Injury Response and First Aid
by Cassandra Pfeifer
The Sandner Group
Accidents happen. This is a phrase we hear innumerable times. School districts can do their absolute best to prevent accidents and injuries but must also remember that accidents can and will happen. Keeping this in mind will allow you to have a thorough response plan for accidents, particularly those that result in injuries. Injuries can happen anywhere on school property, and there may not always be time to bring a student or employee to the school nurse or wait for medical assistance to arrive. Therefore, it is imperative that districts prepare every area of their campuses – from the boiler room to the athletic fields – for a fast response to be implemented in the event of an injury.
All teaching staff and other employees who work closely with students should receive regular first aid training to keep up with current trends in medical response and first aid techniques. It is important to continually update first aid knowledge so that no staff member is left wondering what to do in any given emergency situation. There should also be numerous first aid kits throughout buildings, particularly in areas with a higher risk of injury, such as manual arts classrooms. First aid kits should contain enough materials to treat a variety of injuries as well as multiple individuals. The kits should include items like the following: adhesive tape, bandages in varying sizes, CPR breathing barrier, elastic bandages in varying sizes, eye bandages, gauze squares in varying sizes, ice bags or instant cold packs, non-latex disposable gloves, paper bags/cups/towels, plastic bags, roller bandages, rubbing alcohol, safety pins, saline solution, scissors, soap, splints, thermometer, triangle bandages and tweezers.
Staff should also be made aware of any individual student or employee with special medical needs such as asthma, diabetes or severe allergies. These individuals may have a specific medical plan that lists all treatments and medications they can and cannot have along with instructions regarding how to respond to a particular aspect of their condition. These plans must be kept on file and all staff working with that student or employee should be familiar with the important aspects of each person’s condition.
There are several steps to follow when responding to an accident that has resulted in an injury. The first step in any accident is to determine whether or not 911 should be called. This decision should be made immediately and without hesitation. Take fast note of any injuries and check whether the person is conscious, breathing, in a great deal of pain or bleeding excessively. Also, take note of any potential hazards that may be present as a result of the accident. Things like live electrical wires, gas leaks, hazardous material spills, fire, smoke or traffic create extremely unsafe areas, which necessitate the moving of injured parties and the securing of the accident site. This step should not take a lot of time as the immediate moments after an accident can be crucial, particularly if a serious injury has occurred.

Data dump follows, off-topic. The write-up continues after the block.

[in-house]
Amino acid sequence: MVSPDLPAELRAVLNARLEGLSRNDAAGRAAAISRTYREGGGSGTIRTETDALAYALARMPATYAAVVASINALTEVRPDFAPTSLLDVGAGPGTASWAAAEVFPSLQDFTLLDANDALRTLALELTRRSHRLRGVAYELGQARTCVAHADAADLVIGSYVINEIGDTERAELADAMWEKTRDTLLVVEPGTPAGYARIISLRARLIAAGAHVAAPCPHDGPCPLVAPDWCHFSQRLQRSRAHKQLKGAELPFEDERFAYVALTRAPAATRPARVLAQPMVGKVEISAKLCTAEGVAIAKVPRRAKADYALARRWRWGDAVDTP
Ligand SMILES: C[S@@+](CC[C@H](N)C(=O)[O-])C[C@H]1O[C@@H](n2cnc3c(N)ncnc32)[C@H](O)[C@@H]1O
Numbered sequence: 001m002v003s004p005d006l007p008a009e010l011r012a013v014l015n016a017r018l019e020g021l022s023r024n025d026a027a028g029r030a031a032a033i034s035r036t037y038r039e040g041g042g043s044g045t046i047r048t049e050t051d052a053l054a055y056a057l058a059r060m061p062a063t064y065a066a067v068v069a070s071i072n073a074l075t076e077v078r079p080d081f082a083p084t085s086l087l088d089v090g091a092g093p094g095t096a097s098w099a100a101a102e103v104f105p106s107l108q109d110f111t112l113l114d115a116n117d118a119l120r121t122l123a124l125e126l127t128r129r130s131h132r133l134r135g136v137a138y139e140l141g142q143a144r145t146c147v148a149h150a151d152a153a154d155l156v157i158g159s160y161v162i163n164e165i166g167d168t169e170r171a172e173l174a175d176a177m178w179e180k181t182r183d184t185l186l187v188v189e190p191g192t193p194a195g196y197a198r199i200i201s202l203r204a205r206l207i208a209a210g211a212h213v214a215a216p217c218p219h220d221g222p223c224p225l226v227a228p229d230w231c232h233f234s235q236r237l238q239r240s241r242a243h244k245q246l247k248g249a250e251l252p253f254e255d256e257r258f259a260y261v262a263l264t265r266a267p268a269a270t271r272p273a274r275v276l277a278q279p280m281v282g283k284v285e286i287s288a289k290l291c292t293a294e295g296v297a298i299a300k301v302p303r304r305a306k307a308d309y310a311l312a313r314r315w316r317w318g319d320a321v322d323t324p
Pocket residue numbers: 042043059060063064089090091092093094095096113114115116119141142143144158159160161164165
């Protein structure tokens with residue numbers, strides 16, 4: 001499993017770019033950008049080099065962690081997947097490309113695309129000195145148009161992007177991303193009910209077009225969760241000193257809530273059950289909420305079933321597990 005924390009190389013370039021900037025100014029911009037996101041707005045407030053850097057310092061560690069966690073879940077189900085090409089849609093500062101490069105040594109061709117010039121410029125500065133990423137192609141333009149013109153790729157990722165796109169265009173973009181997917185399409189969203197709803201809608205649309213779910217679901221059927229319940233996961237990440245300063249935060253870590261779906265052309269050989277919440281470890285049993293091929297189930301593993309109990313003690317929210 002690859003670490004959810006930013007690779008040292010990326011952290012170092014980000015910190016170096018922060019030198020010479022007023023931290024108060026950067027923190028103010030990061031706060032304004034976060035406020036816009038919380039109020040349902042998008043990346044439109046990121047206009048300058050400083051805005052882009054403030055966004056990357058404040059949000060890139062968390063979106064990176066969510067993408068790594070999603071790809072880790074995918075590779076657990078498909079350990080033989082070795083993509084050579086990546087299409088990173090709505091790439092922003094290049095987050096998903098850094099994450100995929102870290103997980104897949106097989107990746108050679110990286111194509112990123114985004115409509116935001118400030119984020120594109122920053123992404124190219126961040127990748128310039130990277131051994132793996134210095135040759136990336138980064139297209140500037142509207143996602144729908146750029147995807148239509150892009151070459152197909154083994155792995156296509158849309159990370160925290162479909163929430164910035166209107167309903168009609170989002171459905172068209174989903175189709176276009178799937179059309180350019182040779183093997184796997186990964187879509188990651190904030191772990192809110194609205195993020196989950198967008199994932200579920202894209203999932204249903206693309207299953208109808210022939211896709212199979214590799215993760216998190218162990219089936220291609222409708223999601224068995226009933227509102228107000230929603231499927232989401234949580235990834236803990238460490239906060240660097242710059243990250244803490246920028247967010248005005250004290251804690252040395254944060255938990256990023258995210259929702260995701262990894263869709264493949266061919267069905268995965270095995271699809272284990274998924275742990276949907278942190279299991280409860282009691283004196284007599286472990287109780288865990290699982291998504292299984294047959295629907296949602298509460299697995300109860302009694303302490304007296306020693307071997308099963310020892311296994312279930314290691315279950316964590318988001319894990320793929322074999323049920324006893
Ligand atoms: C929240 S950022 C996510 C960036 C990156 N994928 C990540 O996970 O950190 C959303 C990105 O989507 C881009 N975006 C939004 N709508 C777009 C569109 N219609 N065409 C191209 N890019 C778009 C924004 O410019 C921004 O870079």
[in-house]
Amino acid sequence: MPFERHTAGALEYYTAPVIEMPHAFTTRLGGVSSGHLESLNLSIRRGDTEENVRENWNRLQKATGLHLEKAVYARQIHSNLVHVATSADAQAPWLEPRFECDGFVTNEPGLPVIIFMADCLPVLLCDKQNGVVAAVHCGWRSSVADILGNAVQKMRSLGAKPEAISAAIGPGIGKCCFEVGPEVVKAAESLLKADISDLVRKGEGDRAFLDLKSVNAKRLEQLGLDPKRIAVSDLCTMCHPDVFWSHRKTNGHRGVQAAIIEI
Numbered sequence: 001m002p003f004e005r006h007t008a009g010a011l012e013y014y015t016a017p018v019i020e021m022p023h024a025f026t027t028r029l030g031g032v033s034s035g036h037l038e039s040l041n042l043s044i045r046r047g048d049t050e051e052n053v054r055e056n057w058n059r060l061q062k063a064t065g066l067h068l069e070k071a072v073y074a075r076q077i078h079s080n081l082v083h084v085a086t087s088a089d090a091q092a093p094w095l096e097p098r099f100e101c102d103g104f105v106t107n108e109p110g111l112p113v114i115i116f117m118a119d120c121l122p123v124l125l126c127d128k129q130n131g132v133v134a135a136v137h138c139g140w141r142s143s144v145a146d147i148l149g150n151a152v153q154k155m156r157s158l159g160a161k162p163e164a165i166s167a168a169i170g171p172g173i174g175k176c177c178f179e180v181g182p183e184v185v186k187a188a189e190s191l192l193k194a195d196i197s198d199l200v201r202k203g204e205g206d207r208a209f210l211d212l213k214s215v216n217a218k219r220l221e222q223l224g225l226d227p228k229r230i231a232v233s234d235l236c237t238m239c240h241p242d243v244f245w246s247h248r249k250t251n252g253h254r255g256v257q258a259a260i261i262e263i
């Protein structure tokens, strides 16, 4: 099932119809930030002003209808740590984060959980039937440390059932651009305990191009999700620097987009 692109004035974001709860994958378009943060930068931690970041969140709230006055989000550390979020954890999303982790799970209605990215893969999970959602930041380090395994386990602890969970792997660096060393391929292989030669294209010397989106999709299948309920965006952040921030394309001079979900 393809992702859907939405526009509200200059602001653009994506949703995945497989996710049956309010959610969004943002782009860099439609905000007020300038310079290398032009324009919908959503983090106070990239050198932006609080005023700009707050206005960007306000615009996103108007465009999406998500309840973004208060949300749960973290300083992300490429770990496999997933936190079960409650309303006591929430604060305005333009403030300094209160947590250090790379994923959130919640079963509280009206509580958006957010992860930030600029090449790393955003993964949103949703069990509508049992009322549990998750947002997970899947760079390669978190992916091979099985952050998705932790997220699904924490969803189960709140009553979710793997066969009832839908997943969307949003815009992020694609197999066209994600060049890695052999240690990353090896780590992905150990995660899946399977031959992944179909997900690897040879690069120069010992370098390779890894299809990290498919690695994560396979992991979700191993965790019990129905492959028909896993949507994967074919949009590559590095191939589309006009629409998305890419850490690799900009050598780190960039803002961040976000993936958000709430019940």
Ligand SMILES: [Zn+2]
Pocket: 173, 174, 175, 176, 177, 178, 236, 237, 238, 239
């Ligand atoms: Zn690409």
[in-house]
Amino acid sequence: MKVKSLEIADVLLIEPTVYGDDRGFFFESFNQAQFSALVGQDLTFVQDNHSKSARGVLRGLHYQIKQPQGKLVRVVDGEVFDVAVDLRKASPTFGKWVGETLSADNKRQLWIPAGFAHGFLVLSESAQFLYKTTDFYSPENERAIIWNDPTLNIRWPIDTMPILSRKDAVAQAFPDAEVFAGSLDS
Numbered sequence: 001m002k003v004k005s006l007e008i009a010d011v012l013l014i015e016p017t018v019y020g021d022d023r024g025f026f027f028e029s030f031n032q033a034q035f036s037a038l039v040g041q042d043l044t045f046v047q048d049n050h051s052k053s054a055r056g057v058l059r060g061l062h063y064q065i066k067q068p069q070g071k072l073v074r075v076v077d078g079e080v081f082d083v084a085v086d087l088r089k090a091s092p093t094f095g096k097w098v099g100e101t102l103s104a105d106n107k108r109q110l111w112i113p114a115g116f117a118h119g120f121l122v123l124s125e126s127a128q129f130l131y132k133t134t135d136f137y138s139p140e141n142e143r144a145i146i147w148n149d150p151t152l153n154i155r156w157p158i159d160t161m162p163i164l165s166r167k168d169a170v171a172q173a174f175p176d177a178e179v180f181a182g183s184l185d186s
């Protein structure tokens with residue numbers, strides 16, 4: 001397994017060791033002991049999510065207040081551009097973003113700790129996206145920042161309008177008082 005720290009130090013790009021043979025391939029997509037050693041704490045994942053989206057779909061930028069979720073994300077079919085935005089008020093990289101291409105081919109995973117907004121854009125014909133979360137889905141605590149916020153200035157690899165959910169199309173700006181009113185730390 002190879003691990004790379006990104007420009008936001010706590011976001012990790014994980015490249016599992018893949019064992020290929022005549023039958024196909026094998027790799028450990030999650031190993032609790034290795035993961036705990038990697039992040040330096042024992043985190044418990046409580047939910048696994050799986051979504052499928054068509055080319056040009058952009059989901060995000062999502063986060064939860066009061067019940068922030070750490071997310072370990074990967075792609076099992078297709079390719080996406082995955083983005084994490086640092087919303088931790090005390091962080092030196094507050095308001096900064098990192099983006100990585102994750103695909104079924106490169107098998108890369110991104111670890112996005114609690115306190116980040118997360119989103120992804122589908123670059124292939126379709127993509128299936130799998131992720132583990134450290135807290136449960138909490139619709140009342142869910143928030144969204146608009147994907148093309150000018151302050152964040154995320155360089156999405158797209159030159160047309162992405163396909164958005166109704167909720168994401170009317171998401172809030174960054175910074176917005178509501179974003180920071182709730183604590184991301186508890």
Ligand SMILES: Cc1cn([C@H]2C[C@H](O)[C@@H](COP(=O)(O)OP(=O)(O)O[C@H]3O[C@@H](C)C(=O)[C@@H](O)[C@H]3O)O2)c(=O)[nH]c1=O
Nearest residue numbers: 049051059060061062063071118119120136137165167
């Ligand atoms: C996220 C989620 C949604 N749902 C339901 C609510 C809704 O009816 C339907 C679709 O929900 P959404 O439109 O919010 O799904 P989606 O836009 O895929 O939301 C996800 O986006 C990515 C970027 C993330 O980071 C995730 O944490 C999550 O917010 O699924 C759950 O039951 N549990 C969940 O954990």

Once the accident site has been secured, it is important to immediately address the needs of anyone who may be injured. 911 may still need to be called once you begin questioning the injured person and check the extent of their injuries. Instruct an available staff member or student to notify the school nurse and/or retrieve a first aid kit while you stay with the injured party. Ask the injured person a series of questions regarding the extent of their injuries and tend to their wounds as quickly as possible. If the injury is related to the head or back, contact the proper medical authorities, and do not move the injured person unless safety precautions dictate otherwise. Apply any first aid that is necessary to get the student or employee to the school nurse or medical facility. Do not provide any medications without express permission from a parent/guardian or medical professional. Once the injured party is in the hands of medical professionals, seek out witnesses to determine the exact cause of the accident as well as any pertinent information that may be useful to the school nurse or other medical professional.
After the accident site is cleared and all injuries addressed, be sure to fill out an accident report. These reports should include as much information as possible in order to keep a full record of the incident for future medical treatment as well as for future risk management purposes. Reports should include the name of the injured party, the type of injury sustained, the environment surrounding the accident, the time of the accident, any direct or indirect causes of the accident, witnesses of the accident, a brief description of what occurred, a description of the immediate response and any first aid given immediately following the accident. Our Loss Control Manual has a sample accident report that you can refer to when documenting accidents (Exhibit 19 of Chapter 9). Keep this report on file well after the incident as it can become a valuable asset for future risk management.
Accidents can happen anywhere at your district, and it’s imperative that all employees are prepared to respond to injuries that can arise during or immediately following an accident. If you have any questions or concerns, please do not hesitate to contact your loss control specialist at one of the numbers at the right.